Pacific leaders prayed together, ate together and by the end of a long retreat today, saw Kiribati’s full return to the Pacific Islands Forum and a much larger role for its Micronesian members.
Former Nauru President Baron Waqa will be the Forum’s next Secretary General from next year.
Leaders have also agreed a sub-regional office will be established in Kiribati.
Palau will be the new home of the Office of the Pacific Ocean Commissioner and the Forum’s current Deputy Secretary General, Filimon Manoni will take up that role.
Australia and New Zealand have pledged up to NZ$4 million to operationalise the changes under the so-called Suva Agreement.
The Micronesian members of the Forum first signaled their decision to leave in February 2021, on the grounds that a ‘gentleman’s agreement’ over appointment of the PIF Secretary General had been broken.
While Nauru, Federated States of Micronesia, Marshall Islands and Palau were convinced to return under the so-called Suva Agreement brokered by former Fiji PM Voreqe Bainimarama and his Cook Islands and Samoa counterparts in June last year, Kiribati did not join them in returning to the group.
Fiji Prime Minister, Sitiveni Rabuka, who has handed over the Chair’s mantle to his Cook Islands counterpart, Mark Brown today, worked hard to restore regional unity from his very first days in office, visiting Kiribati to present a traditional apology over the matter in his first overseas visit.
Last night, at the traditional opening of the Special Leaders Retreat, a matanigasau was presented to leaders, signifying a “profound commitment towards the restoration of peace and dignity to the heart of the Vanua, the Fenua or the Whenua.”
At the dinner that followed, Prime Minister Rabuka paid tribute to the Pacific leaders of the past, and noted that the recent challenges within the Forum, “have, for me personally, reaffirmed the need for us as leaders, to make considered efforts to invest in the leadership potential within our region – but not just any kind of leadership – we need to invest in leadership that is contextualised, to our Pacific cultures and traditions.”
After today’s meeting, Prime Minister Brown said he had been reminded that “now we have unity and we have restored that unity in the Pacific, it is a duty and obligation of future members and leaders of the Forum to ensure that unity remains, and our family remains intact.”
Current Secretary General, Henry Puna, stated “today was about celebration for our being together again.”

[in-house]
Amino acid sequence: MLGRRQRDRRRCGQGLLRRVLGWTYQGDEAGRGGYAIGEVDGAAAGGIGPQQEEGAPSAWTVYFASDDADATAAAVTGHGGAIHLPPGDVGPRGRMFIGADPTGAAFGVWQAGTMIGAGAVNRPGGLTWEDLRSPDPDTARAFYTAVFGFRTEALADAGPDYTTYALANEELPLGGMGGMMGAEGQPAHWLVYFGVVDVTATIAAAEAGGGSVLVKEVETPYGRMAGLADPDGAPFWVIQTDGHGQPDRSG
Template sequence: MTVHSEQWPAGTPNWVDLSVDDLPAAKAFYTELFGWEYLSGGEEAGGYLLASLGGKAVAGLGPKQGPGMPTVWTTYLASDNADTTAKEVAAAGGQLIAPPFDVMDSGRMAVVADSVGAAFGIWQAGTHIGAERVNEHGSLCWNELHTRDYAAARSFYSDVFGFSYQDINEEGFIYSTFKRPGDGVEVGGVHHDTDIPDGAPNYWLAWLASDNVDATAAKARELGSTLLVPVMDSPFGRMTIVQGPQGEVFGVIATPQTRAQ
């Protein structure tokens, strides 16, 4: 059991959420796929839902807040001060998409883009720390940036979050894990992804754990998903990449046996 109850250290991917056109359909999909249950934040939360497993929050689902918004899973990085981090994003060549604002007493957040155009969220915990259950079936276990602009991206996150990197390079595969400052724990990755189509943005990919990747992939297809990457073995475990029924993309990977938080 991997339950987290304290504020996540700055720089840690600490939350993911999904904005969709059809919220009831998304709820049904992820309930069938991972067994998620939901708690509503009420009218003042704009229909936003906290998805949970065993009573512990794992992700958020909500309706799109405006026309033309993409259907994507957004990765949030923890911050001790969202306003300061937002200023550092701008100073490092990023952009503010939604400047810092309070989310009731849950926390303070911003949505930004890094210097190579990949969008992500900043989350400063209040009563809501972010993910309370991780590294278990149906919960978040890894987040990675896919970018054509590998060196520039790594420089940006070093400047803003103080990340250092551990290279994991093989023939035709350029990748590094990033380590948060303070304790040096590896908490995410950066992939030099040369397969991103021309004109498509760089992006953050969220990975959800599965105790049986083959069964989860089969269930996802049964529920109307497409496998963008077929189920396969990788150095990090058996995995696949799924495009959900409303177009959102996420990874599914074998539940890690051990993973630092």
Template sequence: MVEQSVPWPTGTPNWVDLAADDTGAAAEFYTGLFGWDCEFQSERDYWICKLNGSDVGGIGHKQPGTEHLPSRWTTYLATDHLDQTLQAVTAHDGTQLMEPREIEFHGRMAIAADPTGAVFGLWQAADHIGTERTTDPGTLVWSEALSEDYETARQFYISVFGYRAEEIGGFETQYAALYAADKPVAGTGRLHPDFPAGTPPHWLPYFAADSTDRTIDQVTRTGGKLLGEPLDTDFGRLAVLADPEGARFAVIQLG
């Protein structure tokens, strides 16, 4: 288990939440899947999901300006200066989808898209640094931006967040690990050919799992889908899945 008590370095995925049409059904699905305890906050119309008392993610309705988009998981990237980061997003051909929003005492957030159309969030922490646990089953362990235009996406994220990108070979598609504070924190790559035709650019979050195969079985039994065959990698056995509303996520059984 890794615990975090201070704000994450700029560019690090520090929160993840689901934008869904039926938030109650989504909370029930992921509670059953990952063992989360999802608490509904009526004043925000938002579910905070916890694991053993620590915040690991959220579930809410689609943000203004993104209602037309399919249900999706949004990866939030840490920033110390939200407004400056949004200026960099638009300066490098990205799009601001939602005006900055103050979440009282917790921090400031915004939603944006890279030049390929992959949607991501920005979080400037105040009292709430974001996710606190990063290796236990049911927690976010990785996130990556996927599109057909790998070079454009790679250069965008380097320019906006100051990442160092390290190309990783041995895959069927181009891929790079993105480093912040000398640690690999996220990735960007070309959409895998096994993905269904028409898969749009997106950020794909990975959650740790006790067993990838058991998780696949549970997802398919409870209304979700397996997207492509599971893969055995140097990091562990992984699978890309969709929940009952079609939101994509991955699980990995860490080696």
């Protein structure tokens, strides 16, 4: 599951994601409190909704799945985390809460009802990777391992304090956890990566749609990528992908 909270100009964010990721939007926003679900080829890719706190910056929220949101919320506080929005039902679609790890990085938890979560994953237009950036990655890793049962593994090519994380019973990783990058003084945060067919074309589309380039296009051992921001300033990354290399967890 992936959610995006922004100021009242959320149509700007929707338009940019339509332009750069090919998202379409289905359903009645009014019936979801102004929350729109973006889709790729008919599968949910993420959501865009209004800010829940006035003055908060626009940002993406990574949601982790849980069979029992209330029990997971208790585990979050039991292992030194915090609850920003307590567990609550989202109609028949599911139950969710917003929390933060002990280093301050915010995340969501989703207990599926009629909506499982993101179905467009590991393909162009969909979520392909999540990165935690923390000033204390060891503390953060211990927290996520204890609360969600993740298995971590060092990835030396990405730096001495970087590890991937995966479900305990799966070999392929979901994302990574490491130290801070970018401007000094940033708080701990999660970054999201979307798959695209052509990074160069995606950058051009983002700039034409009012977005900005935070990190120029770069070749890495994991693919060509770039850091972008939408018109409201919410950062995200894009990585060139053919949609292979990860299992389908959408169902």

He continued, “We now have everything we need to move ahead with clarity.”
The Forum’s next Secretary General, Baron Waqa told Islands Business that the Pacific Islands Forum is still developing, and while what has happened now is “on the right track”, he “will need to work harder in pushing for more solidarity.”
Pacific island leaders today also agreed to work with Australia on its joint bid to host the COP31 climate summit, hold further discussions to better understand the challenges and opportunities of the seasonal labour mobility schemes in Australia and New Zealand, and reiterated their concerns over the threat of nuclear contamination as a result of discharge of treated waste water from Japan’s Fukushima reactor.
They have also agreed to explore the possibility of establishing a permanent Pacific Island Forum Special Envoy in the United States.
While the Pacific islands region is often portrayed as a place of geopolitical tension, Prime Minister Brown said, “we regard ourselves as a region of peace, and the aim of our Forum is unity and prosperity for our countries. We don’t see ourselves as an area of contention. All of our countries have just come out of Covid with decreased economic activity, increased debt and so at this stage restoring our economic prosperity is important for us and we will look to all of our development partners that we have to assist us in what ways they can to ensure that our Pacific countries get their economic activities restored and get their levels of prosperity back to where they should be.”